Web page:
On Walden Pond

A portion of the motivation for the 15 years I spent on a homestead farm in Northern Alberta was inspired by reading and rereading of Henry David Thoreau’s Walden Pond as an undergraduate. Thus I was thrilled to take the time with Susan for a leisurely stroll around the pond on a beautiful spring afternoon when we visited Concord Mass yesterday. The guide books suggest that the site is overrun with tourists in the summer, but though hardly a solitary experience, we were pleased to be able to experience the site with only a few more people than Thoreau’s solitary view from 1854.

Of course I forgot the camera, but managed to squeeze off a few flicks with the iphone and present them here in iphotos default slideshow format.

We were a bit surprised that Thoreau didn’t locate his cabin overlooking the lack- but perhaps he enjoyed the zen like view of the lake peaking through the pine and oak trees from its location. The origional site was not unearthed until the 1940’s (as seen in the photo with Susan. The cabin was moved when he left and rebuilt near the parking lot for tourist viewing much later. However one of the oldest friends who had visited the site, attempted to relocate the site and a tradition evolved from the late 19th century to place a rock their in memory of Thoreau’s impact on individual lifes. The quite impressive pile of stone’s lies about 20 feet from the actual site and is a fitting memorial to impact of a great thinker, author and humanitarian.

One thought on “On Walden Pond

  1. Hi Terry,
    Thoreau has inspired many writers and critics in Canada and internationally. What does it really mean to live life, or for that matter to reflect and find meaning at the end of a life.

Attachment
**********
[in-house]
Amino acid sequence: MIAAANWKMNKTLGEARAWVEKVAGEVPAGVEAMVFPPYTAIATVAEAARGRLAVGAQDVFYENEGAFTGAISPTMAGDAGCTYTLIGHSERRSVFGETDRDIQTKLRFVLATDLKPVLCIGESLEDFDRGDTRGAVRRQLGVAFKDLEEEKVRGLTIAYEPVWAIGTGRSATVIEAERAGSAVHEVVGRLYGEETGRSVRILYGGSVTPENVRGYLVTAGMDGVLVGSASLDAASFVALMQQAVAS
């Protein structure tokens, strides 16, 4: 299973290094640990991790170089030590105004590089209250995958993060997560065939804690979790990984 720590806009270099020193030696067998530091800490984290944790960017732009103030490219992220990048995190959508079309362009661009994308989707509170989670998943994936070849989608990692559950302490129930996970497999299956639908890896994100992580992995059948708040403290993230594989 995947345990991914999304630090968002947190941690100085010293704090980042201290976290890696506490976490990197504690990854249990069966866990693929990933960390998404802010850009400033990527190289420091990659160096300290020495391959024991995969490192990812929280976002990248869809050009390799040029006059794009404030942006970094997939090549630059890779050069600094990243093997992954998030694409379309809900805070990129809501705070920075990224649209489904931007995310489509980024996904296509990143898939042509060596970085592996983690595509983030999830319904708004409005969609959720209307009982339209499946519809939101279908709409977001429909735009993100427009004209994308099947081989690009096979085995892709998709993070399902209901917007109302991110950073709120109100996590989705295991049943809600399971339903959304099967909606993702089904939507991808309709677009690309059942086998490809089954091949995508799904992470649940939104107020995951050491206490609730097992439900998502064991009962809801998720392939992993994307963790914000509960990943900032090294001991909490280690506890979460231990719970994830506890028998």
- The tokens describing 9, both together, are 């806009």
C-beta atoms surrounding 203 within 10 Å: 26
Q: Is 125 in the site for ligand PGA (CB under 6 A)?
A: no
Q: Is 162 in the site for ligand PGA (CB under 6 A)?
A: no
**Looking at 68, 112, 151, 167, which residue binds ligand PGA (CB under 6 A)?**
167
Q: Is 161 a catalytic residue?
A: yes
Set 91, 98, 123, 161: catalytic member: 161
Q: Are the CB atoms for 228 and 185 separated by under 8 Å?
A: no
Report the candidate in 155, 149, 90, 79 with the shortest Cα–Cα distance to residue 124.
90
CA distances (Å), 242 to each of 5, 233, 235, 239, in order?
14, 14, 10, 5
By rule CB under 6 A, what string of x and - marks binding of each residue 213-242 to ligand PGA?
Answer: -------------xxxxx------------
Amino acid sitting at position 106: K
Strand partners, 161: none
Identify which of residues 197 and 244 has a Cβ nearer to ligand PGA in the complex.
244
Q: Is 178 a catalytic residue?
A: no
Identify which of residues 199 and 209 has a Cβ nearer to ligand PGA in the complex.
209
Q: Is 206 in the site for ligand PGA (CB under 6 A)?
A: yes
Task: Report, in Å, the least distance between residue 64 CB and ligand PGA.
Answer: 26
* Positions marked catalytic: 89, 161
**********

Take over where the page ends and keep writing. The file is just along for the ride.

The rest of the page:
There are times in my life where I just “headed east” or “headed west”. My grandfather on my father’s side, Charlie Hammond, was a survivor of Vimy Ridge, and told me it was okay to head west and he gave me his blessing to go to Edmonton in 1976.

    Previously, in 1971, I headed east from St.Marys near London Ontario and traveled for 6 months to London, England, and Europe. In 1980 I headed to New York. Originally I was born and raised in Ontario. I learned from many people, but the person who introduced me to the books by Thoreau where my grandmother on my mother’s side, and my ex-husband. Both had a deep appreciation of Canadian history and English. I began to appreciate the balance of service, education, travel experiences and people. As I read your Zen reflection and looked out on the water and the land, I recalled some very wonderful awakenings. I probably would never have done the GDDET if it had not been for these experiences and the people who I met along the way. Now I wonder about writing the adventures or having more of them or both.

    Thanks for your post.
    Jo Ann

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